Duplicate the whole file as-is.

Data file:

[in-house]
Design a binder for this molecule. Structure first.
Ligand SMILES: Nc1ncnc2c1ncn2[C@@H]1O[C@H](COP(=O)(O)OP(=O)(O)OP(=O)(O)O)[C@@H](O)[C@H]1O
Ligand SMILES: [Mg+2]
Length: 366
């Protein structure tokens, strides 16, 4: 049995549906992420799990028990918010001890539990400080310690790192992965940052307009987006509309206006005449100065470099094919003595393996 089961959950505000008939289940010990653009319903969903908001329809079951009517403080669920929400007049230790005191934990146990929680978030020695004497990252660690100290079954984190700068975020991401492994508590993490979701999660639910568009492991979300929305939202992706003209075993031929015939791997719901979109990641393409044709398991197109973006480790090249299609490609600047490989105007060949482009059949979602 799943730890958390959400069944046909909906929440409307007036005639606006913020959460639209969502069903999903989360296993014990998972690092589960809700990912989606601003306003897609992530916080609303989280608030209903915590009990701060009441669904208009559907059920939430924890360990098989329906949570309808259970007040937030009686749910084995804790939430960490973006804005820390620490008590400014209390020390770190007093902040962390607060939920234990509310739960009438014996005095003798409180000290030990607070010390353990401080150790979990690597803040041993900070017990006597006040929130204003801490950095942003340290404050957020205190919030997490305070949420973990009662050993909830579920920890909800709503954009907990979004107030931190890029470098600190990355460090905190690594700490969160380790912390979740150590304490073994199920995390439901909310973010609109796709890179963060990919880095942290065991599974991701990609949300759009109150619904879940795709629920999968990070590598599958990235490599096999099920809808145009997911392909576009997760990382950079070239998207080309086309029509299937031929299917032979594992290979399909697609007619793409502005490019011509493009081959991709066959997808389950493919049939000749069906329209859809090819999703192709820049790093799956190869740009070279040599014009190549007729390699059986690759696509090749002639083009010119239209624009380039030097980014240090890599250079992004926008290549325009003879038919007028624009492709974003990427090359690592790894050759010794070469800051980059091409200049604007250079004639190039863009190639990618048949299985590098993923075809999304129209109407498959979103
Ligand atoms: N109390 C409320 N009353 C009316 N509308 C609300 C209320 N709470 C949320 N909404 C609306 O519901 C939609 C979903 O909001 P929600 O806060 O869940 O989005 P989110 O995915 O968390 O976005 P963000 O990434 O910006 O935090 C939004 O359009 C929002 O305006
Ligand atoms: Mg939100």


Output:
[in-house]
Design a binder for this molecule. Structure first.
Ligand SMILES: Nc1ncnc2c1ncn2[C@@H]1O[C@H](COP(=O)(O)OP(=O)(O)OP(=O)(O)O)[C@@H](O)[C@H]1O
Ligand SMILES: [Mg+2]
Length: 366
């Protein structure tokens, strides 16, 4: 049995549906992420799990028990918010001890539990400080310690790192992965940052307009987006509309206006005449100065470099094919003595393996 089961959950505000008939289940010990653009319903969903908001329809079951009517403080669920929400007049230790005191934990146990929680978030020695004497990252660690100290079954984190700068975020991401492994508590993490979701999660639910568009492991979300929305939202992706003209075993031929015939791997719901979109990641393409044709398991197109973006480790090249299609490609600047490989105007060949482009059949979602 799943730890958390959400069944046909909906929440409307007036005639606006913020959460639209969502069903999903989360296993014990998972690092589960809700990912989606601003306003897609992530916080609303989280608030209903915590009990701060009441669904208009559907059920939430924890360990098989329906949570309808259970007040937030009686749910084995804790939430960490973006804005820390620490008590400014209390020390770190007093902040962390607060939920234990509310739960009438014996005095003798409180000290030990607070010390353990401080150790979990690597803040041993900070017990006597006040929130204003801490950095942003340290404050957020205190919030997490305070949420973990009662050993909830579920920890909800709503954009907990979004107030931190890029470098600190990355460090905190690594700490969160380790912390979740150590304490073994199920995390439901909310973010609109796709890179963060990919880095942290065991599974991701990609949300759009109150619904879940795709629920999968990070590598599958990235490599096999099920809808145009997911392909576009997760990382950079070239998207080309086309029509299937031929299917032979594992290979399909697609007619793409502005490019011509493009081959991709066959997808389950493919049939000749069906329209859809090819999703192709820049790093799956190869740009070279040599014009190549007729390699059986690759696509090749002639083009010119239209624009380039030097980014240090890599250079992004926008290549325009003879038919007028624009492709974003990427090359690592790894050759010794070469800051980059091409200049604007250079004639190039863009190639990618048949299985590098993923075809999304129209109407498959979103
Ligand atoms: N109390 C409320 N009353 C009316 N509308 C609300 C209320 N709470 C949320 N909404 C609306 O519901 C939609 C979903 O909001 P929600 O806060 O869940 O989005 P989110 O995915 O968390 O976005 P963000 O990434 O910006 O935090 C939004 O359009 C929002 O305006
Ligand atoms: Mg939100």